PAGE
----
Life is not a journey to the grave with the intention of arriving safely in a pretty and well-preserved body,
but rather to skid in broadside, totally worn out & proclaiming “Wow, What a Ride!”

Tuesday, May 31, 2011

healthy living~ trying some new vegetables & friuts

With our meal plans 70% vegetable and fruits we are starting to get just a little bored with same selections over and over.  Usually consisting of green beans, snap peas, grape tomatoes, celery, baby carrots, brussel sprouts, and baby bell peppers or peas; and the fruit mainly apples, grapefruit, bananas, and cantaloupe.  Getting ready to shop this past weekend, I decided to look  and see what the most nutritious vegetables and fruits are and then give us a change of pace.   


Most Nutritious Vegetables

High in nutrients-these vegetables are pretty much nutrient powerhouses. 

Endive, 1 head raw (15.9g fiber!
Collards, 1 cup boiled
Kale, raw 1 cup chopped
Escarole, 1 cup cooked
Artichoke, 1 cup, globe (French), cooked
Broccoli, 1 cup cooked
Spinach, 1/5 cup cooked
Turnip Greens, 1 cup chopped

Medium in nutrients

Squash, 1 cup, summer, cooked, from fresh
Green Beans, 1 cup, snap, green, cooked
Cauliflower, 1 cup cooked
Asparagus, 1/2 cup cooked
Mushrooms, 1 cup raw
Green Beans, snap, cooked, 1 cup steamed

 Most Nutritious Fruits & berries (and lowest in carbs)
Acerola, raw, 1 cup
Guava, 1 fruit, raw
Cantaloupe, 1 cup raw
Currants, 1 cup raw
Blackberries, 1 cup raw
Raspberries 1 cup raw
Boysenberries 1 cup raw
Dewberries 1 cup raw
Gooseberries, 1 cup raw
Strawberries, 1 cup
Kiwi, 1 fruit
Orange


The only fruit on the list that I had no idea what it was is Acerola ---also known as the Barbados cherry,and Amazon Cherry is a shrub that contains small red fruits, 1/2" ro 1" in diameter. These tangy fruits are loaded with vitamin C, containing 1000-2000 mg per gram in ripe fruit (potentially even more in almost ripe fruits). Acerola is often used in beverages for flavor and to boost vitamin C. Acerola is grown throughout south and central America, and has been harvested in the US as a source of vitamin C (in Florida).  Now I just to find out where to buy some and try it. 


Here are a couple of great websites I use to calculate recipes and find the nutritional data on foods.

Calorie Count: Free Nutrition Data on More Than 200,000 Foods

Welcome to SparkRecipes, amoung other things they have a recipe calculator that gives you the calories, fat, and nutrition info; all you do is enter the ingredients.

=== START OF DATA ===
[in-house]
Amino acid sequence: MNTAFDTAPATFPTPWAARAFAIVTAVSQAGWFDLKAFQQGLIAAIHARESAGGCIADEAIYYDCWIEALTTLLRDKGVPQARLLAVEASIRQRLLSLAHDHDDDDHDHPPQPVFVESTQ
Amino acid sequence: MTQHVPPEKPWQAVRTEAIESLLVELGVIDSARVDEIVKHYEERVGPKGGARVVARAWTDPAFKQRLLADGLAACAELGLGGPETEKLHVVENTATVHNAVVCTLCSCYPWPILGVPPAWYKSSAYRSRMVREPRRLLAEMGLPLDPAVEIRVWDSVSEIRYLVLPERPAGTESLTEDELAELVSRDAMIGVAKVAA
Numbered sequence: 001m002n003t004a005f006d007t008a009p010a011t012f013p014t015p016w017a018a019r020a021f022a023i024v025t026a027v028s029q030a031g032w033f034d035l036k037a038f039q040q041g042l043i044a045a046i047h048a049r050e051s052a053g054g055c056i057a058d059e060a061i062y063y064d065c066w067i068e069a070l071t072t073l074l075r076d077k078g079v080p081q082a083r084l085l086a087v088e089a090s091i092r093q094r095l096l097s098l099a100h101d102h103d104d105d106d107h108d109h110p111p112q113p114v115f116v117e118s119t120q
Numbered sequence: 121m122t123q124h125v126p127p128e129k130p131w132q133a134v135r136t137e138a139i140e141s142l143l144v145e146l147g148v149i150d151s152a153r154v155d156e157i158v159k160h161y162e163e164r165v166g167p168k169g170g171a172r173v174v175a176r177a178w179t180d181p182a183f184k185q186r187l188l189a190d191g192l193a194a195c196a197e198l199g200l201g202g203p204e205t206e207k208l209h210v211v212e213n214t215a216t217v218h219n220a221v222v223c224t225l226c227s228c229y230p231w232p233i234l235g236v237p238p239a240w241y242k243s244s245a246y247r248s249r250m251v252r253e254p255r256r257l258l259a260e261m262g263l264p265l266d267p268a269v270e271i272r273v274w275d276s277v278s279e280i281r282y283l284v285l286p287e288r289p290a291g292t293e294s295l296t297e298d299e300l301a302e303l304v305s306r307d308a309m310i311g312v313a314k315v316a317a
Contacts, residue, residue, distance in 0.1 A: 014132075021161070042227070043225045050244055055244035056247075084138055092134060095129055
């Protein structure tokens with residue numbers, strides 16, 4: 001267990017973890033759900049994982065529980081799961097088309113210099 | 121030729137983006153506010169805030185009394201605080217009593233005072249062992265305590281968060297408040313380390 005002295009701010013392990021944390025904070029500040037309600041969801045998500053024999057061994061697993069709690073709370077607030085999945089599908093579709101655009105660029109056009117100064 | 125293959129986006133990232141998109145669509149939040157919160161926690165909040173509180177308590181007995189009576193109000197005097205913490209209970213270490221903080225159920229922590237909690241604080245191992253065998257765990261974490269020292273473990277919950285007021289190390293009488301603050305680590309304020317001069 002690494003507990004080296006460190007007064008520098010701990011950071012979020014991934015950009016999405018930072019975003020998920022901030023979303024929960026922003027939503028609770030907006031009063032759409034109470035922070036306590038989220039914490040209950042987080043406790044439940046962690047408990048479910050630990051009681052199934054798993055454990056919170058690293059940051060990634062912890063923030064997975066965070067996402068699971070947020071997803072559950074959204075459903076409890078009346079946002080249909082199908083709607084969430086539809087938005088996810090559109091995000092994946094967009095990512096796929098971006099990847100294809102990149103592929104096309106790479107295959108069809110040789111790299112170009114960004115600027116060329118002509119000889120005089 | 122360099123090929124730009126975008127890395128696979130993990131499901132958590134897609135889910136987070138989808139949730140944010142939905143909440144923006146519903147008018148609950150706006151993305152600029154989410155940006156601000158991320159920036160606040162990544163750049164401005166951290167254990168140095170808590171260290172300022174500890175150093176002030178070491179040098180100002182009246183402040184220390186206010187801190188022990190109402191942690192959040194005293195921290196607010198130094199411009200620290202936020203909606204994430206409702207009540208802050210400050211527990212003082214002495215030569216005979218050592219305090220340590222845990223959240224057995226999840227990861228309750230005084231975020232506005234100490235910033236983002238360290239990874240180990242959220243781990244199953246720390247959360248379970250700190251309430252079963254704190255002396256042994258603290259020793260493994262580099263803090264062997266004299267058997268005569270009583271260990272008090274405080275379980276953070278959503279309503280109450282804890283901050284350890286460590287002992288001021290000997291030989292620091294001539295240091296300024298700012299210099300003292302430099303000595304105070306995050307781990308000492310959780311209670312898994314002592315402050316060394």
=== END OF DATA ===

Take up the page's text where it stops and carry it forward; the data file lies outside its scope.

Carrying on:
Monday, May 30, 2011

10 THOUGHTS ON WHOLE LIVING -- june

I decided to see if I could scan the page for 10 Thoughts on Whole Living so everyone could see how beautiful they are in the Whole Living Magazine- I hope you enjoy.


(10 Thoughts by Terri Trespicio- Martha’s Stewart’s Whole Living Magazine- June 2011 issue)

this week's picture & links

i love this card sent to me by a dear friend~ it makes me smile everyday
(illustrated by Tim Bowers)
_________________________________________________________
what's new elsewhere... click on the links and take a peek at my other blogs

Thursday, May 26, 2011

being green~plastic fruit containers

I love dates and blueberries, so I end up with a couple of the clear plastic clamshell containers each month. At a loss on what to do with them, (besides just dumping them into the recycle bin) I did a little research and found a few ideas.-- I liked the first one best, especially if I can use other repurposed items to decorate them.

How to reuse plastic clamshell fruit containers
  • Dress it up and use it as a gift container for homemade goodies or candy
  • Cut off the lid and use the bottom for seedling planters (keep the lid to slide underneath and catch water)
  • Blueberry containers would make a nice half or mini sandwich container in a lunch box
  • Try using them in a child’s art project
  • Store sewing or craft notions
  • Donate your plastic containers to a local farmers market or farm
  • Donate them to the art teacher at your child’s school 
  • Make a mini Easter basket
  • Use as a strainer for small bath toys
  • Create a mini colander to rinse fruit and veggies from your garden
  • Use them to store homegrown fruit and veggies in the refrigerator
  • Kids love containers; give your child one of these and put their imagination to work (to hold trinkets, as a doll-house bed, Barbie hot tub, crayons, crafts, knick-knacks, etc.)
  • Make a homemade stencil by cutting a design into the lid of a container 
My favorite use for them is little gift boxes, I shred old wrapping paper
 or cut up old ribbon for the filler.

Wednesday, May 25, 2011

meal ideas ~ a twist to scalloped potatoes & ham

Scalloped Potatoes and Ham
To cut carbs, this homey favorite features a trio of potato, turnip, and sweet potato slices instead of all potatoes.

1/2 cup chopped onion
1-1/2 cups fat-free milk
3 tablespoons all-purpose flour
1/8 teaspoon ground black pepper
1 teaspoon snipped fresh rosemary or 1/2 teaspoon dried rosemary, crushed
1 medium round red potato, cut into 1/4-inch-thick slices
1 medium sweet potato, peeled and cut into 1/4-inch-thick slices
1 medium turnip, peeled and cut into 1/4-inch-thick slices
1/4 cup water
8 ounces low-fat, reduced-sodium cooked boneless ham, cut into thin strips
  Paprika

1. Preheat oven to 350 degrees F. For sauce: In a medium saucepan, cook onion in a small amount of boiling water over medium heat for 3 to 5 minutes or until tender. Drain; return to pan. In a screw-top jar, combine milk, flour, and pepper; cover and shake until well mixed. Add milk mixture to saucepan. Cook and stir over medium heat until thickened and bubbly. Stir in rosemary.

2. Meanwhile, in a 2-quart microwave-safe baking dish, combine potatoes, turnip, and the 1/4 cup water. Cover with vented plastic wrap. Microwave on 100% power (high) about 8 minutes or just until vegetables are tender. Carefully drain in a colander.